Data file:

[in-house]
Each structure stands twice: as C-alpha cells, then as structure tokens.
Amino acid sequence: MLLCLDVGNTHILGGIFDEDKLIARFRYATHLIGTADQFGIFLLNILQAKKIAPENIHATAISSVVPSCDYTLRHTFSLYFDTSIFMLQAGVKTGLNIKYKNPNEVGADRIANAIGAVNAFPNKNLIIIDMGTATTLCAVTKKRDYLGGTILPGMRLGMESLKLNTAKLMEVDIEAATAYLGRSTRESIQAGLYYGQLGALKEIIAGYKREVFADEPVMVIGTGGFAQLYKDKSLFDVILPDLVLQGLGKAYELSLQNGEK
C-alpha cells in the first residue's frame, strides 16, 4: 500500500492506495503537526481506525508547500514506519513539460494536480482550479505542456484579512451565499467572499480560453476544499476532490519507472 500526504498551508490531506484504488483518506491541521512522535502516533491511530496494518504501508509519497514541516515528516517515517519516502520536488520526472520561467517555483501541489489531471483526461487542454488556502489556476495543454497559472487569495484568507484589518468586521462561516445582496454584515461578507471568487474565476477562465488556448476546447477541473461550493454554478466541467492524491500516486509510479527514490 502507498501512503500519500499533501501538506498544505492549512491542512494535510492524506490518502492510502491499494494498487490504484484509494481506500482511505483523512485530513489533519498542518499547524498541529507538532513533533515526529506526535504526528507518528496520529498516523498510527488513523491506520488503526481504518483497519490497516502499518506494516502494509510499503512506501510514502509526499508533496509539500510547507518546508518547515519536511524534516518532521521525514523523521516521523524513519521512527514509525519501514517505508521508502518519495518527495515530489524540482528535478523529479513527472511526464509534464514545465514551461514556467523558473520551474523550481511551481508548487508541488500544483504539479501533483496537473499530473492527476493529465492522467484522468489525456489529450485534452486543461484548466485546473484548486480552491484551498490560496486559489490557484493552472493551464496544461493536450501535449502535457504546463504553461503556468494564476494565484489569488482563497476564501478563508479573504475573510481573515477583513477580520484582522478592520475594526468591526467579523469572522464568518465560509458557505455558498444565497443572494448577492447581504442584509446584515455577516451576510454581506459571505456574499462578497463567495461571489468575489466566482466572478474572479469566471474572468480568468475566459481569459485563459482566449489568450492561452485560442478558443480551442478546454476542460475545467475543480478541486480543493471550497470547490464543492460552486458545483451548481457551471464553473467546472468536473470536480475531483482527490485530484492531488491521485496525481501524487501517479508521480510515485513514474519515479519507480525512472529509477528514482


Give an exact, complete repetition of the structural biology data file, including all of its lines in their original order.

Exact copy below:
[in-house]
Each structure stands twice: as C-alpha cells, then as structure tokens.
Amino acid sequence: MLLCLDVGNTHILGGIFDEDKLIARFRYATHLIGTADQFGIFLLNILQAKKIAPENIHATAISSVVPSCDYTLRHTFSLYFDTSIFMLQAGVKTGLNIKYKNPNEVGADRIANAIGAVNAFPNKNLIIIDMGTATTLCAVTKKRDYLGGTILPGMRLGMESLKLNTAKLMEVDIEAATAYLGRSTRESIQAGLYYGQLGALKEIIAGYKREVFADEPVMVIGTGGFAQLYKDKSLFDVILPDLVLQGLGKAYELSLQNGEK
C-alpha cells in the first residue's frame, strides 16, 4: 500500500492506495503537526481506525508547500514506519513539460494536480482550479505542456484579512451565499467572499480560453476544499476532490519507472 500526504498551508490531506484504488483518506491541521512522535502516533491511530496494518504501508509519497514541516515528516517515517519516502520536488520526472520561467517555483501541489489531471483526461487542454488556502489556476495543454497559472487569495484568507484589518468586521462561516445582496454584515461578507471568487474565476477562465488556448476546447477541473461550493454554478466541467492524491500516486509510479527514490 502507498501512503500519500499533501501538506498544505492549512491542512494535510492524506490518502492510502491499494494498487490504484484509494481506500482511505483523512485530513489533519498542518499547524498541529507538532513533533515526529506526535504526528507518528496520529498516523498510527488513523491506520488503526481504518483497519490497516502499518506494516502494509510499503512506501510514502509526499508533496509539500510547507518546508518547515519536511524534516518532521521525514523523521516521523524513519521512527514509525519501514517505508521508502518519495518527495515530489524540482528535478523529479513527472511526464509534464514545465514551461514556467523558473520551474523550481511551481508548487508541488500544483504539479501533483496537473499530473492527476493529465492522467484522468489525456489529450485534452486543461484548466485546473484548486480552491484551498490560496486559489490557484493552472493551464496544461493536450501535449502535457504546463504553461503556468494564476494565484489569488482563497476564501478563508479573504475573510481573515477583513477580520484582522478592520475594526468591526467579523469572522464568518465560509458557505455558498444565497443572494448577492447581504442584509446584515455577516451576510454581506459571505456574499462578497463567495461571489468575489466566482466572478474572479469566471474572468480568468475566459481569459485563459482566449489568450492561452485560442478558443480551442478546454476542460475545467475543480478541486480543493471550497470547490464543492460552486458545483451548481457551471464553473467546472468536473470536480475531483482527490485530484492531488491521485496525481501524487501517479508521480510515485513514474519515479519507480525512472529509477528514482